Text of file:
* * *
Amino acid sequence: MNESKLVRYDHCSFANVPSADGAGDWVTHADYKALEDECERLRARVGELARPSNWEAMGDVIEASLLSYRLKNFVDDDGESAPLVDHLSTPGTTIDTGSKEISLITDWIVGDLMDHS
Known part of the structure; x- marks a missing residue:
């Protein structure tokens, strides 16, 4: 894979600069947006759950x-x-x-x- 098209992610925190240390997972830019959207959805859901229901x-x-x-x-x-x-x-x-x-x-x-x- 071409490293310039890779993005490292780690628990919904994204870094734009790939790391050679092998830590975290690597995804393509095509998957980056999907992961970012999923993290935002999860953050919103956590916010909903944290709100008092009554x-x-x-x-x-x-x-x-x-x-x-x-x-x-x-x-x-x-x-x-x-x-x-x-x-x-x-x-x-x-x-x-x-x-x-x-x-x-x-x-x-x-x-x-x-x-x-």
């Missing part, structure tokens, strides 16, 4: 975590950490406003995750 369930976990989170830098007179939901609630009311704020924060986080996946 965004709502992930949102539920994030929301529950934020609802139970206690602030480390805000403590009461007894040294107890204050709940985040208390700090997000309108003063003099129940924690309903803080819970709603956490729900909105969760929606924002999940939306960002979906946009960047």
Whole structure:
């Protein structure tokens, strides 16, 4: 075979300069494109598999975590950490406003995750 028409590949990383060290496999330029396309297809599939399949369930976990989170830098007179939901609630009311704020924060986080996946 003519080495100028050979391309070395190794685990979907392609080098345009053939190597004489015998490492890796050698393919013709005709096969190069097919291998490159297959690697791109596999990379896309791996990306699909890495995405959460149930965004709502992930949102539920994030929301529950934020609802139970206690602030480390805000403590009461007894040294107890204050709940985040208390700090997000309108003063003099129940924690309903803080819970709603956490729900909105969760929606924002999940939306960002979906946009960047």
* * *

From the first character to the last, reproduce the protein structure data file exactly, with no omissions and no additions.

Amino acid sequence: MNESKLVRYDHCSFANVPSADGAGDWVTHADYKALEDECERLRARVGELARPSNWEAMGDVIEASLLSYRLKNFVDDDGESAPLVDHLSTPGTTIDTGSKEISLITDWIVGDLMDHS
Known part of the structure; x- marks a missing residue:
């Protein structure tokens, strides 16, 4: 894979600069947006759950x-x-x-x- 098209992610925190240390997972830019959207959805859901229901x-x-x-x-x-x-x-x-x-x-x-x- 071409490293310039890779993005490292780690628990919904994204870094734009790939790391050679092998830590975290690597995804393509095509998957980056999907992961970012999923993290935002999860953050919103956590916010909903944290709100008092009554x-x-x-x-x-x-x-x-x-x-x-x-x-x-x-x-x-x-x-x-x-x-x-x-x-x-x-x-x-x-x-x-x-x-x-x-x-x-x-x-x-x-x-x-x-x-x-």
């Missing part, structure tokens, strides 16, 4: 975590950490406003995750 369930976990989170830098007179939901609630009311704020924060986080996946 965004709502992930949102539920994030929301529950934020609802139970206690602030480390805000403590009461007894040294107890204050709940985040208390700090997000309108003063003099129940924690309903803080819970709603956490729900909105969760929606924002999940939306960002979906946009960047």
Whole structure:
């Protein structure tokens, strides 16, 4: 075979300069494109598999975590950490406003995750 028409590949990383060290496999330029396309297809599939399949369930976990989170830098007179939901609630009311704020924060986080996946 003519080495100028050979391309070395190794685990979907392609080098345009053939190597004489015998490492890796050698393919013709005709096969190069097919291998490159297959690697791109596999990379896309791996990306699909890495995405959460149930965004709502992930949102539920994030929301529950934020609802139970206690602030480390805000403590009461007894040294107890204050709940985040208390700090997000309108003063003099129940924690309903803080819970709603956490729900909105969760929606924002999940939306960002979906946009960047």